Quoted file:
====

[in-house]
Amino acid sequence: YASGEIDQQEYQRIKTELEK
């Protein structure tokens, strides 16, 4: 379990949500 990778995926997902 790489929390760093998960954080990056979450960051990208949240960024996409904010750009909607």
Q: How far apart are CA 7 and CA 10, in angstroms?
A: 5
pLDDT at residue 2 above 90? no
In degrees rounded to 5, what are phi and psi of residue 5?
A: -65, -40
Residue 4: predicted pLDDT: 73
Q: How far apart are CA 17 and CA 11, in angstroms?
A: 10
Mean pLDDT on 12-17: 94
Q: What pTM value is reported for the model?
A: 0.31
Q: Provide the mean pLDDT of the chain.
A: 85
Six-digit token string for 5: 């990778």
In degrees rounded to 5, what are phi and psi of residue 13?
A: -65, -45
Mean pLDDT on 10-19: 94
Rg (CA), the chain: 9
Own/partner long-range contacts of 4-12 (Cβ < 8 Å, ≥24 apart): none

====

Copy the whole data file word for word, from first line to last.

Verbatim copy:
[in-house]
Amino acid sequence: YASGEIDQQEYQRIKTELEK
């Protein structure tokens, strides 16, 4: 379990949500 990778995926997902 790489929390760093998960954080990056979450960051990208949240960024996409904010750009909607």
Q: How far apart are CA 7 and CA 10, in angstroms?
A: 5
pLDDT at residue 2 above 90? no
In degrees rounded to 5, what are phi and psi of residue 5?
A: -65, -40
Residue 4: predicted pLDDT: 73
Q: How far apart are CA 17 and CA 11, in angstroms?
A: 10
Mean pLDDT on 12-17: 94
Q: What pTM value is reported for the model?
A: 0.31
Q: Provide the mean pLDDT of the chain.
A: 85
Six-digit token string for 5: 């990778």
In degrees rounded to 5, what are phi and psi of residue 13?
A: -65, -45
Mean pLDDT on 10-19: 94
Rg (CA), the chain: 9
Own/partner long-range contacts of 4-12 (Cβ < 8 Å, ≥24 apart): none